A Canadian history buff is hoping to learn more about a north-east airman killed when his plane was shot down during the Second World War.
Bob Van Wyk, who is of Dutch descent but lives near Woodstock in Ontario, says his dad never forgot the morning he was sent to the wreckage of a stricken Lancaster plane in a field near his farm north of Waverveen in Holland on March 30, 1943.
The entire crew on board was killed and Mr Van Wyk,’s late father, Ted, was among a team of local farmers who were called upon by the occupying Germans to find the remains of the crew and transport them with horse and cart for burial under Nazi escort.
In the years since, the family of almost all of the crew have been traced by Mr Van Wyk and Waverveen historian Chris van de Linden – apart from the relatives of one man from Aberdeenshire.
Sergeant Frank Alexander Bandeen (RAFVR # 1374522) was the son of George and Elizabeth Bandeen, of Garlogie.
His remains were buried in a double casket alongside the rest of his crew in Waverveen before being exhumed after the war and moved to the Canadian war cemetery at Bergen-op-Zoom.
But little else is known about the north-east native.
“My Dad never forgot that event.,” Mr Van Wyk said.
“I was fortunate to make friends with a local amateur historian, Chris van der Linden, of Waverveen.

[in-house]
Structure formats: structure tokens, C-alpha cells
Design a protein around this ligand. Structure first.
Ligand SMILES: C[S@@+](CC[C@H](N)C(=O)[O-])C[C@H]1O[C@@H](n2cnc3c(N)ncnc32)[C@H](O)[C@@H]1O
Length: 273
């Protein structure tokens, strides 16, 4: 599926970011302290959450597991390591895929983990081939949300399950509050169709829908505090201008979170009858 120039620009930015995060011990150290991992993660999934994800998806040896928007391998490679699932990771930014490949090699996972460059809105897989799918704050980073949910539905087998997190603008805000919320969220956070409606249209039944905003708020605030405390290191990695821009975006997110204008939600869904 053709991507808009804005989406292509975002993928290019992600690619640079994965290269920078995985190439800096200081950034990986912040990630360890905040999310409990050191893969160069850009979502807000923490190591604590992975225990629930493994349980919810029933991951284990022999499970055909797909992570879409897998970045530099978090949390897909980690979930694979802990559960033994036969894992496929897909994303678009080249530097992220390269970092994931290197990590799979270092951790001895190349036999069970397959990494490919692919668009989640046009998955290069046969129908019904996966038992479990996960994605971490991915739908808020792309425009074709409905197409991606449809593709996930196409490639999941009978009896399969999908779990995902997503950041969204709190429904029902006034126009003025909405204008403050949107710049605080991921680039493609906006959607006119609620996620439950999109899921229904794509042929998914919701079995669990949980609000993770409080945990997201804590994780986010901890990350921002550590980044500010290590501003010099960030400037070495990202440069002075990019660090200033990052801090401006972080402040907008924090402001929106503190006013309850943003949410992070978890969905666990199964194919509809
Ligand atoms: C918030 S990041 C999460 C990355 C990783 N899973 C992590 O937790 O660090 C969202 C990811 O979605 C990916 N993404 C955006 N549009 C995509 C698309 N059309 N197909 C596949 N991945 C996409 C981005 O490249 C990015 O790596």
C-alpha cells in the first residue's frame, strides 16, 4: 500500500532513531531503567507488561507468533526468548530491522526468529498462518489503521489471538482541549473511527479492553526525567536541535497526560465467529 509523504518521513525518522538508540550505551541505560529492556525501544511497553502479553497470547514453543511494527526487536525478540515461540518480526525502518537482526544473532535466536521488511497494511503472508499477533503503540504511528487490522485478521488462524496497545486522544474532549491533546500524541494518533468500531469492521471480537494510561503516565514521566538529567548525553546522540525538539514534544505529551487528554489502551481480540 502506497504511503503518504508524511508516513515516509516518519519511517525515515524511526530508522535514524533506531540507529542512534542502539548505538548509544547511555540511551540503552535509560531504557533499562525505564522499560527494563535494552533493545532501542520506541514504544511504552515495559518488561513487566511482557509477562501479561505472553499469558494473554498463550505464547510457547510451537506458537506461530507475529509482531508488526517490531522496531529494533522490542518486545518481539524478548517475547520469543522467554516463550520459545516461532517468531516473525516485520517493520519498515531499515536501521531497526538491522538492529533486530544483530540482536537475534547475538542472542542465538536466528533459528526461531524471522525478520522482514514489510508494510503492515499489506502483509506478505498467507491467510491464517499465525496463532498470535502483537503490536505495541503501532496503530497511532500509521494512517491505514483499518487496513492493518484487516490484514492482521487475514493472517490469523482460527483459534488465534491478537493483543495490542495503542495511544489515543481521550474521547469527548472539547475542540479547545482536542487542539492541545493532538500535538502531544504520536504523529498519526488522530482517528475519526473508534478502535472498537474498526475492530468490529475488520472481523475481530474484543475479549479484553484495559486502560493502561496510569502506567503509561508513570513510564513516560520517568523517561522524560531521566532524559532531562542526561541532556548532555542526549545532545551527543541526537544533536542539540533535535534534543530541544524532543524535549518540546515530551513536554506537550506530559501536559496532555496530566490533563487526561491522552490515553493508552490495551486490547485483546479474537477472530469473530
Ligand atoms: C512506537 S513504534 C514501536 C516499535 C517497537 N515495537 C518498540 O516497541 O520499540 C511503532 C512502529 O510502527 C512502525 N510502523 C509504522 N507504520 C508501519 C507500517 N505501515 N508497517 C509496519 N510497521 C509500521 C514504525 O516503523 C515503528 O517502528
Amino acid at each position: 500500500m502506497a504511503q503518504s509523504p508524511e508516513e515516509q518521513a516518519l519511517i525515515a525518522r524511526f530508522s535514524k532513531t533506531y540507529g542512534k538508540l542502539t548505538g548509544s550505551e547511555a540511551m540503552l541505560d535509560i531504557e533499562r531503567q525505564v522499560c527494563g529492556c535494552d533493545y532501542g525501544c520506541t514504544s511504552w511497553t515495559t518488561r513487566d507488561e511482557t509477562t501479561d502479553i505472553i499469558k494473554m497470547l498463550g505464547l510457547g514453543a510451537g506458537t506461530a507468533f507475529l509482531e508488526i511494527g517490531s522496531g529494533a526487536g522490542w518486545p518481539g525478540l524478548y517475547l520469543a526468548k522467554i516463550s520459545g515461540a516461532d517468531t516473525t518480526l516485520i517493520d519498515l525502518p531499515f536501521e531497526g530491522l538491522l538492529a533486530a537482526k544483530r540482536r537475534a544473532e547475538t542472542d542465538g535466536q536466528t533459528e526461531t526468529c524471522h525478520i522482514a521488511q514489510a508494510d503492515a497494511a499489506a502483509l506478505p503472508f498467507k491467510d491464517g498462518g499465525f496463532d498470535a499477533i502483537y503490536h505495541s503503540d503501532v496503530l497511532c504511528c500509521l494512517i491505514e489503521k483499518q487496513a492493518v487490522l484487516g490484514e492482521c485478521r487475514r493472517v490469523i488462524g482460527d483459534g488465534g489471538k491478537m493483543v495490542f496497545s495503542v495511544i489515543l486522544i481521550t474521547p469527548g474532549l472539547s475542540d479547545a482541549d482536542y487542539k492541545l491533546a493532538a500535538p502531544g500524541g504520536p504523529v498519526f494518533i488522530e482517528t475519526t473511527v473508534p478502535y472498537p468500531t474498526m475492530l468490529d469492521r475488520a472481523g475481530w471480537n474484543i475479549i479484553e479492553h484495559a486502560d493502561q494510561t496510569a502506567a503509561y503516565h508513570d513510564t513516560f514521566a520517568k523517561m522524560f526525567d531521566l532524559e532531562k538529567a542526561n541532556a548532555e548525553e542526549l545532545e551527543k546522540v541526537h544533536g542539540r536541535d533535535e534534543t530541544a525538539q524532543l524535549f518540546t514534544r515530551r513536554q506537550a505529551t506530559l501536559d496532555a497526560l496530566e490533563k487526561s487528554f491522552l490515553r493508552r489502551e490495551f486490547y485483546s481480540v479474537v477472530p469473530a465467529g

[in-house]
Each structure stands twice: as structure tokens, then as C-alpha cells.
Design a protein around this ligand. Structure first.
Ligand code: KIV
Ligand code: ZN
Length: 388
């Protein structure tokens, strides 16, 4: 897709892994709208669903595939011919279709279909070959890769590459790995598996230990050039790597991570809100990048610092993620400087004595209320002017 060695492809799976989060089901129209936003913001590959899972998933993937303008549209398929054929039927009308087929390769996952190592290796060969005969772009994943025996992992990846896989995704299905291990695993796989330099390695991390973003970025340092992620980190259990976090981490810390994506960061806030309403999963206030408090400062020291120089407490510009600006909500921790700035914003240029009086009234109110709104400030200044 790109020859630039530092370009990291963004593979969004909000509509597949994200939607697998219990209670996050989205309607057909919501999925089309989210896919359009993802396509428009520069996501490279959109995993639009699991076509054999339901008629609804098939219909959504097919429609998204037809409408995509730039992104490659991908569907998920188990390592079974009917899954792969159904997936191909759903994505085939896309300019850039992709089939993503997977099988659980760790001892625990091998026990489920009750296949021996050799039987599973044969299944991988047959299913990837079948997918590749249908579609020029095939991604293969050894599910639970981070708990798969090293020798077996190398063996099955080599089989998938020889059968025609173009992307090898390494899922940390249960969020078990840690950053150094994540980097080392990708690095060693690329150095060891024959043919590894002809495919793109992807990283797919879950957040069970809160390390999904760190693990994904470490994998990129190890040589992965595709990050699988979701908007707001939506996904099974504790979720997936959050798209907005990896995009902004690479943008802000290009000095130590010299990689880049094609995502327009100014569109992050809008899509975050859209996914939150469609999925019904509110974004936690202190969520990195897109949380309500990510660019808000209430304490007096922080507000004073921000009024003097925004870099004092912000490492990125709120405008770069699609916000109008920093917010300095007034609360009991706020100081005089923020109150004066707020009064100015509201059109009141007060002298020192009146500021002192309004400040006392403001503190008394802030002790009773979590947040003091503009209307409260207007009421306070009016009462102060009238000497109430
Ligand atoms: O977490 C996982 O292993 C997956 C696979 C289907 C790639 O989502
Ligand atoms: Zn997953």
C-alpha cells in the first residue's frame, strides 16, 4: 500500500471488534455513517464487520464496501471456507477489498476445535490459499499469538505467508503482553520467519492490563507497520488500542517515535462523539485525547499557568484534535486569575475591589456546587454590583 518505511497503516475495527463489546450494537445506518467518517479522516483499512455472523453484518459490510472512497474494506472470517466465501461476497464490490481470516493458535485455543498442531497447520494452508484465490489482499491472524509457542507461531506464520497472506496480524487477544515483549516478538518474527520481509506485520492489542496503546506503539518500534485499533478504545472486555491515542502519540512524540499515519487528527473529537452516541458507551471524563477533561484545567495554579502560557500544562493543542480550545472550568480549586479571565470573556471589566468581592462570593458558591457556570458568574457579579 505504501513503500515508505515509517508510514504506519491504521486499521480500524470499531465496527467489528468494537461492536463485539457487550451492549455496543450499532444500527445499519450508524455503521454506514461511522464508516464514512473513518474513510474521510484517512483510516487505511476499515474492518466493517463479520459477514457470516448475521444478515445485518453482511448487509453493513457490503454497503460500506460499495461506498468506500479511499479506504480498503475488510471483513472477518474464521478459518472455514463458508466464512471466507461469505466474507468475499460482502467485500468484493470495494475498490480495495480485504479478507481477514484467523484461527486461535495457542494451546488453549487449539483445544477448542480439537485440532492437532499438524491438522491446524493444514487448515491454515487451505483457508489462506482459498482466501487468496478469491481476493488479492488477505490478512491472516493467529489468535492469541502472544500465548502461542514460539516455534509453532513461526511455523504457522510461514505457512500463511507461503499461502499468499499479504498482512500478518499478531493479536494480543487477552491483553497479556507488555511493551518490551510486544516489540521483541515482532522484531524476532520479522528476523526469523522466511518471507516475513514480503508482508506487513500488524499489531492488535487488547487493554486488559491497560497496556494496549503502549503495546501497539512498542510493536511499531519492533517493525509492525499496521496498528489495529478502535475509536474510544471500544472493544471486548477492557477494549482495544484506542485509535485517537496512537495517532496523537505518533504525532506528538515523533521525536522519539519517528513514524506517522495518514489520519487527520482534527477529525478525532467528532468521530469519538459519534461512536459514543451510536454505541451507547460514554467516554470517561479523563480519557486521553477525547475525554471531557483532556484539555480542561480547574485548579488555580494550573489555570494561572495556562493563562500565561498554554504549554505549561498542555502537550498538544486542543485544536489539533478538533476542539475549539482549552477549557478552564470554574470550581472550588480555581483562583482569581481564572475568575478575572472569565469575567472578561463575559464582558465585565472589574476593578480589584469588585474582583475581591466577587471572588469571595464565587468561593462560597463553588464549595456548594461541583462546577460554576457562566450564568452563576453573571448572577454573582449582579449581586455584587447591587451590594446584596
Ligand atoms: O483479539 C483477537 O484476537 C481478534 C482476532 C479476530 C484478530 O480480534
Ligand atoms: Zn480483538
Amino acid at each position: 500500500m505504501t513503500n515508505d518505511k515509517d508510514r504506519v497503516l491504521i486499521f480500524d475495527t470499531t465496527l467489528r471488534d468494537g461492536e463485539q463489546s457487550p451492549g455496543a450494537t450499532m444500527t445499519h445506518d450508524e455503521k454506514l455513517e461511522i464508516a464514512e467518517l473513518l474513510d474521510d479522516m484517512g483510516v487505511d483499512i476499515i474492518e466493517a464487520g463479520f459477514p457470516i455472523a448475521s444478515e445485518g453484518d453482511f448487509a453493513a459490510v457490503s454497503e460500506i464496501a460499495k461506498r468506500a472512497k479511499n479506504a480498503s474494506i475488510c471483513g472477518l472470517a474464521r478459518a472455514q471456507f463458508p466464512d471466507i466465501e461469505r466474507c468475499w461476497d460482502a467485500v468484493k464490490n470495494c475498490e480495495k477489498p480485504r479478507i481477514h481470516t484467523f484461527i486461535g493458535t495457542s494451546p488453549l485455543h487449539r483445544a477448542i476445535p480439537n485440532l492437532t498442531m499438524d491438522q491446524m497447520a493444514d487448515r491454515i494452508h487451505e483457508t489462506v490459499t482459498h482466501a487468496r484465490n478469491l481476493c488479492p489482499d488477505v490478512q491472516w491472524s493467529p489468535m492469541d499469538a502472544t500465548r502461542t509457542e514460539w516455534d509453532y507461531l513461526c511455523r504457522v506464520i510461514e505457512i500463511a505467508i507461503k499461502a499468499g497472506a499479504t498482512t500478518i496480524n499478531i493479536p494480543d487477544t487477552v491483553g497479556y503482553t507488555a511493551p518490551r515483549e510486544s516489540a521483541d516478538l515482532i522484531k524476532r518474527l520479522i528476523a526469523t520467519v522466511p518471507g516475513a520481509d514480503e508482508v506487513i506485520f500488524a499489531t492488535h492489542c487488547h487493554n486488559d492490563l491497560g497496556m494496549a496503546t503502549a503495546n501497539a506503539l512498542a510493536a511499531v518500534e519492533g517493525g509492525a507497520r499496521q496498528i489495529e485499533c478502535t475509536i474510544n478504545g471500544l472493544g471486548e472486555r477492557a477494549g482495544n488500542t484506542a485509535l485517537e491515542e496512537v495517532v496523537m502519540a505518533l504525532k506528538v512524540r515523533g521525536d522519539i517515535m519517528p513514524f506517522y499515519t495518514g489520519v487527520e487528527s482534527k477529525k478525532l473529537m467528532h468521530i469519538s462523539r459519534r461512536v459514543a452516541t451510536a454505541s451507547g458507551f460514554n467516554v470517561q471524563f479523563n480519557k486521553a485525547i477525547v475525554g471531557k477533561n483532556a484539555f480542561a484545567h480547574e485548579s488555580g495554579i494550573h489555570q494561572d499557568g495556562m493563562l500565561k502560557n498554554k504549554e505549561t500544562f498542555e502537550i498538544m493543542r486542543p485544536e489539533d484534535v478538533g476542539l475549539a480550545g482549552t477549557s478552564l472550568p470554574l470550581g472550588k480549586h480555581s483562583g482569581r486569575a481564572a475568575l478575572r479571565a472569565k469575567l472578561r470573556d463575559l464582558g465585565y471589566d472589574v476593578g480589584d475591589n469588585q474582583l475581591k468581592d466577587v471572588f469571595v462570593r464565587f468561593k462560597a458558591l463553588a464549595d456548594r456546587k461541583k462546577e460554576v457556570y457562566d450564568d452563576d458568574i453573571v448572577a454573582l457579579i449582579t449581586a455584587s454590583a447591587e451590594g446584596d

“Through his dogged research, he found family members for five of the seven crew and we are now a little family because of his efforts to remember their sacrifice.
“Regrettably, Chris was unable to find a living family member for Sgt Bandeen before dying of cancer in August 2019.”
Sgt Bandeen was the flight engineer for an Avro Lancaster from 57 Squadron of Bomber Command, DX-Z.
The squadron was briefly based at RAF Elgin in 1940 before moving to Feltwell then Scampton in 1942, and then East Kirkby in 1943 where it saw out the remainder of the war until disbanding in 1945.
Sgt Bandeen’s photo appears on a memorial plate near the crash site at Waverveen.
Mr Van Wyk added: “An interesting recent twist to this story is the Short Stirling RAF Bomber from 218 Squadron, currently being recovered from the Markermeer lake in the Netherlands, was shot down on the same night as Sgt. Bandeen’s Lancaster.
“Both aircraft were mortally wounded by the same German night fighter pilot, Leutnant Werner Rapp.”
Mr Van Wyk is hoping to complete Mr Van der Linden’s project and find Sgt Bandeen’s descendants possibly still living in Aberdeenshire.
More information can be found on the crew of ED761 online at luchtoorlogww2.wixsite.com/waverveen/30-03-1943-1 and anyone with information can contact him by email on: email@example.com.